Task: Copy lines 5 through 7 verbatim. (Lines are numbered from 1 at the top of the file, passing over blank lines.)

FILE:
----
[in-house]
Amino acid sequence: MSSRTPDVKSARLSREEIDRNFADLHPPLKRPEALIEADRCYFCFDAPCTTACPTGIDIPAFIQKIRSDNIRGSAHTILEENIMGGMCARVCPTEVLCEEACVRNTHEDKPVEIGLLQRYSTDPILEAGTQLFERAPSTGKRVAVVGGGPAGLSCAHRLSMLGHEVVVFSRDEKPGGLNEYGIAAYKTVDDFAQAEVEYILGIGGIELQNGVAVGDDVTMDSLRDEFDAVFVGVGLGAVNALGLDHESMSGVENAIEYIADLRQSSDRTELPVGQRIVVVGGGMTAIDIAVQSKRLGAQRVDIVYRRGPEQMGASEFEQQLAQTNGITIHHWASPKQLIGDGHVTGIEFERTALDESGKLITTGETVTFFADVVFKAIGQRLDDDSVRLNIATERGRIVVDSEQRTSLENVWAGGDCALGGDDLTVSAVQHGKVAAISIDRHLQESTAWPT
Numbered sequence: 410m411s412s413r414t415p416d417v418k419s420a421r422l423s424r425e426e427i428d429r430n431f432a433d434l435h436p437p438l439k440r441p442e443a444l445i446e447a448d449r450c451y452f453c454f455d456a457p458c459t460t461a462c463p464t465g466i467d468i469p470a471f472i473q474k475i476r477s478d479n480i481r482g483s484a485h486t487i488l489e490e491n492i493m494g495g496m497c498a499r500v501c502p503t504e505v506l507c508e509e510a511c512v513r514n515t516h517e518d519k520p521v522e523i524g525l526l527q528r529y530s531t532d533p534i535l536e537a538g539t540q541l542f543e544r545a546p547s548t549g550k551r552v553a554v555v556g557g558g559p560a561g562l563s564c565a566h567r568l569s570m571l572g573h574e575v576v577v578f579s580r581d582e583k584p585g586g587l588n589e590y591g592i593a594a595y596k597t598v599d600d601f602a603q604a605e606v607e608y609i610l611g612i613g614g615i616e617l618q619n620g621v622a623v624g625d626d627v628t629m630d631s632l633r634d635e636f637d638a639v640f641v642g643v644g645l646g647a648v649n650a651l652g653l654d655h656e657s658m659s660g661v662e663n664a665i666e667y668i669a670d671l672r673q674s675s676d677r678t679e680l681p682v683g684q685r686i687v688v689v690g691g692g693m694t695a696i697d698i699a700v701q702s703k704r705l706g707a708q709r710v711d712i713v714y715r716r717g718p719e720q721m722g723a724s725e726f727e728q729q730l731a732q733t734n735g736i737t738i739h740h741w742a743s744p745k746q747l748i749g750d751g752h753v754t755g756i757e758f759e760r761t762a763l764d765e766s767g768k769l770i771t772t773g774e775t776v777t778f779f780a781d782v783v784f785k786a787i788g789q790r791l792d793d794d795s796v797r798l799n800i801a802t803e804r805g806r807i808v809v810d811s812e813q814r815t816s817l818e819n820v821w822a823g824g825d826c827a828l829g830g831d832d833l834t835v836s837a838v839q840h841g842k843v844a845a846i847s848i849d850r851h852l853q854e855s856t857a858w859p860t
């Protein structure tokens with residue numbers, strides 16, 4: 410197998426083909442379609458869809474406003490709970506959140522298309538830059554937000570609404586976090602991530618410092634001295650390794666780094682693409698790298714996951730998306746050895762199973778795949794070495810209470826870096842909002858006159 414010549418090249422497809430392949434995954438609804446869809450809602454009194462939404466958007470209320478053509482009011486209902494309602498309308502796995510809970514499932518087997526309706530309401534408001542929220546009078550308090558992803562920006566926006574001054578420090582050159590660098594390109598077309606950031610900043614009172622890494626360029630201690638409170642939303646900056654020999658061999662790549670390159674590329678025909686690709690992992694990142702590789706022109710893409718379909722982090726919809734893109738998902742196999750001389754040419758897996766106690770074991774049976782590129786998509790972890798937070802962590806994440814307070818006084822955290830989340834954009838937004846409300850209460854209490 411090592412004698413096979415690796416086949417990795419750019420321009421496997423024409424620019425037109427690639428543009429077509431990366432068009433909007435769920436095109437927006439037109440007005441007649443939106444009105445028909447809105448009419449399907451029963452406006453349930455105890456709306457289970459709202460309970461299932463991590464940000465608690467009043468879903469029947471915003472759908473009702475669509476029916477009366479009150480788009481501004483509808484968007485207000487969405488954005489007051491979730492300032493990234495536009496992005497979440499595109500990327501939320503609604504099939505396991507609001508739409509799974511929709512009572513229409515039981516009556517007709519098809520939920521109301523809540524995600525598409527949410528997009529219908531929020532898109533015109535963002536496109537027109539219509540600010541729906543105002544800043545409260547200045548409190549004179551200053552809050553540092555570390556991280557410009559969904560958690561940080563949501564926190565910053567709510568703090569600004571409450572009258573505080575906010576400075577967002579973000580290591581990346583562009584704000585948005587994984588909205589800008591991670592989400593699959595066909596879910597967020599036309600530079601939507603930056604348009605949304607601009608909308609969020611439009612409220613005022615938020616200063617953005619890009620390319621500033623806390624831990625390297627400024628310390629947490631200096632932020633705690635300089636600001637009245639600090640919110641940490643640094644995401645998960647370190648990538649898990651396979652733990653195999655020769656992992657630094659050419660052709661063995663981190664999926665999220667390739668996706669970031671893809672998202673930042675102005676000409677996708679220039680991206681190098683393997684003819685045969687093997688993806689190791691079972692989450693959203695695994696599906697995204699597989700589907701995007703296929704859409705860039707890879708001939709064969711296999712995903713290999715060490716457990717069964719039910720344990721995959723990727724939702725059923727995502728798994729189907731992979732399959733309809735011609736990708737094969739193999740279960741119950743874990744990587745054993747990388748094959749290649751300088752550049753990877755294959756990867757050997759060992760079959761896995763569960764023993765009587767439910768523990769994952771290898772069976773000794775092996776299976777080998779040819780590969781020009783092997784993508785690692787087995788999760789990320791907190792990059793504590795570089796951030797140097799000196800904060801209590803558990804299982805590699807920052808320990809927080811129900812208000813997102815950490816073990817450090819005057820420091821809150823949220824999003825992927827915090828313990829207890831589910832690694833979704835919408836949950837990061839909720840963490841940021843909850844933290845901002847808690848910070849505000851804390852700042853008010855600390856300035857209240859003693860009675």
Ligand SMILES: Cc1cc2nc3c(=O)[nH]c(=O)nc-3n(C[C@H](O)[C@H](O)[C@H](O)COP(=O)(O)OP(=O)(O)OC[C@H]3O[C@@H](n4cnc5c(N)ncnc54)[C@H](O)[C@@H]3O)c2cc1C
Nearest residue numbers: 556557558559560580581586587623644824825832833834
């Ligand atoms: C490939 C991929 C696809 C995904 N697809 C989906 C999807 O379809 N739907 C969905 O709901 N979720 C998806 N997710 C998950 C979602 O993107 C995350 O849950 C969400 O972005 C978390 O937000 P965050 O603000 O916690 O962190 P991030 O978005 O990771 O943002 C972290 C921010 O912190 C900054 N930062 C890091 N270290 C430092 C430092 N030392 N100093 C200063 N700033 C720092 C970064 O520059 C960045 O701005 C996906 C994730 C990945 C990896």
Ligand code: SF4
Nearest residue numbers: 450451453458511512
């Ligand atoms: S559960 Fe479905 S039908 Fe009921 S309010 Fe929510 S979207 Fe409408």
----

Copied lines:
Ligand SMILES: Cc1cc2nc3c(=O)[nH]c(=O)nc-3n(C[C@H](O)[C@H](O)[C@H](O)COP(=O)(O)OP(=O)(O)OC[C@H]3O[C@@H](n4cnc5c(N)ncnc54)[C@H](O)[C@@H]3O)c2cc1C
Nearest residue numbers: 556557558559560580581586587623644824825832833834
């Ligand atoms: C490939 C991929 C696809 C995904 N697809 C989906 C999807 O379809 N739907 C969905 O709901 N979720 C998806 N997710 C998950 C979602 O993107 C995350 O849950 C969400 O972005 C978390 O937000 P965050 O603000 O916690 O962190 P991030 O978005 O990771 O943002 C972290 C921010 O912190 C900054 N930062 C890091 N270290 C430092 C430092 N030392 N100093 C200063 N700033 C720092 C970064 O520059 C960045 O701005 C996906 C994730 C990945 C990896």